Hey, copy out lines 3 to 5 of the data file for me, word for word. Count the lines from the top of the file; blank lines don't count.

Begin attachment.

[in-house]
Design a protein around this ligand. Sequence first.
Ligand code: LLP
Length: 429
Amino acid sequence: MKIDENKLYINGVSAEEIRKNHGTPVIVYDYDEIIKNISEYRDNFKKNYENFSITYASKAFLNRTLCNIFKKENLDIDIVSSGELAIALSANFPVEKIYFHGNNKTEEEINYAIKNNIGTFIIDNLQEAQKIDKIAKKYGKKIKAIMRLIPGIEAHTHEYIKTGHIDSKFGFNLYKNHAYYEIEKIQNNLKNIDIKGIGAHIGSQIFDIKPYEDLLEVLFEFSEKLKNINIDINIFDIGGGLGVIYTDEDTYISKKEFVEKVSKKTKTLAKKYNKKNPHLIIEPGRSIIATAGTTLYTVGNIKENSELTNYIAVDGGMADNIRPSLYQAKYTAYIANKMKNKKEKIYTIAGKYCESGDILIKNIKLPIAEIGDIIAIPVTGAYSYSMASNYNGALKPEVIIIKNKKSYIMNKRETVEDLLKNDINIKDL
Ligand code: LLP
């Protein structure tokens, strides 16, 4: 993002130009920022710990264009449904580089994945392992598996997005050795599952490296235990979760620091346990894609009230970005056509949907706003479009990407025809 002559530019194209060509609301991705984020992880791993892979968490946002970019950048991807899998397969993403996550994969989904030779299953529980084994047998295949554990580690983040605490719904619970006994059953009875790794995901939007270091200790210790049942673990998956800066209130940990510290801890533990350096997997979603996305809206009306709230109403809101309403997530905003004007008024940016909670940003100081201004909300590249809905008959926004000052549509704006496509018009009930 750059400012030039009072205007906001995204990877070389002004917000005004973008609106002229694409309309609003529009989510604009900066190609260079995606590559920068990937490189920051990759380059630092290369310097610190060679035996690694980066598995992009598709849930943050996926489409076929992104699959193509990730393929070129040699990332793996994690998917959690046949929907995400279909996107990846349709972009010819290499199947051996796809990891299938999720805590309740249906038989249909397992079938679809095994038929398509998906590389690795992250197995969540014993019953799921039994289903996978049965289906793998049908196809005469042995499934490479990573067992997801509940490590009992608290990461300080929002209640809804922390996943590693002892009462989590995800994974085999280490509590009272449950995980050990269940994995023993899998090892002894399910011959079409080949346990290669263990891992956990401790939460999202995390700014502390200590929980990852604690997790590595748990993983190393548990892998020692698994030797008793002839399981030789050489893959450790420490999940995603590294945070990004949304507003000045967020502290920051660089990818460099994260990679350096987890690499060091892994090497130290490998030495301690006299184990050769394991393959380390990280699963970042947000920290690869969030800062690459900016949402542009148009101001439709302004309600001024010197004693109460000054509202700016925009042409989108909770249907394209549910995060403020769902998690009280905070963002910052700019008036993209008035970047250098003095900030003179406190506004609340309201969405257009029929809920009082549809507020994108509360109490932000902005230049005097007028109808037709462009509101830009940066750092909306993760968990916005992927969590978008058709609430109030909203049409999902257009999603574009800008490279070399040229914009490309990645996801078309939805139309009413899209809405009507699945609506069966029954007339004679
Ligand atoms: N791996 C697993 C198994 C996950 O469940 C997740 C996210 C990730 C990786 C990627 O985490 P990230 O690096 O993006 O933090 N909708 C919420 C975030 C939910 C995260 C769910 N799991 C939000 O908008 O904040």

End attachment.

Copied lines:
Ligand code: LLP
Length: 429
Amino acid sequence: MKIDENKLYINGVSAEEIRKNHGTPVIVYDYDEIIKNISEYRDNFKKNYENFSITYASKAFLNRTLCNIFKKENLDIDIVSSGELAIALSANFPVEKIYFHGNNKTEEEINYAIKNNIGTFIIDNLQEAQKIDKIAKKYGKKIKAIMRLIPGIEAHTHEYIKTGHIDSKFGFNLYKNHAYYEIEKIQNNLKNIDIKGIGAHIGSQIFDIKPYEDLLEVLFEFSEKLKNINIDINIFDIGGGLGVIYTDEDTYISKKEFVEKVSKKTKTLAKKYNKKNPHLIIEPGRSIIATAGTTLYTVGNIKENSELTNYIAVDGGMADNIRPSLYQAKYTAYIANKMKNKKEKIYTIAGKYCESGDILIKNIKLPIAEIGDIIAIPVTGAYSYSMASNYNGALKPEVIIIKNKKSYIMNKRETVEDLLKNDINIKDL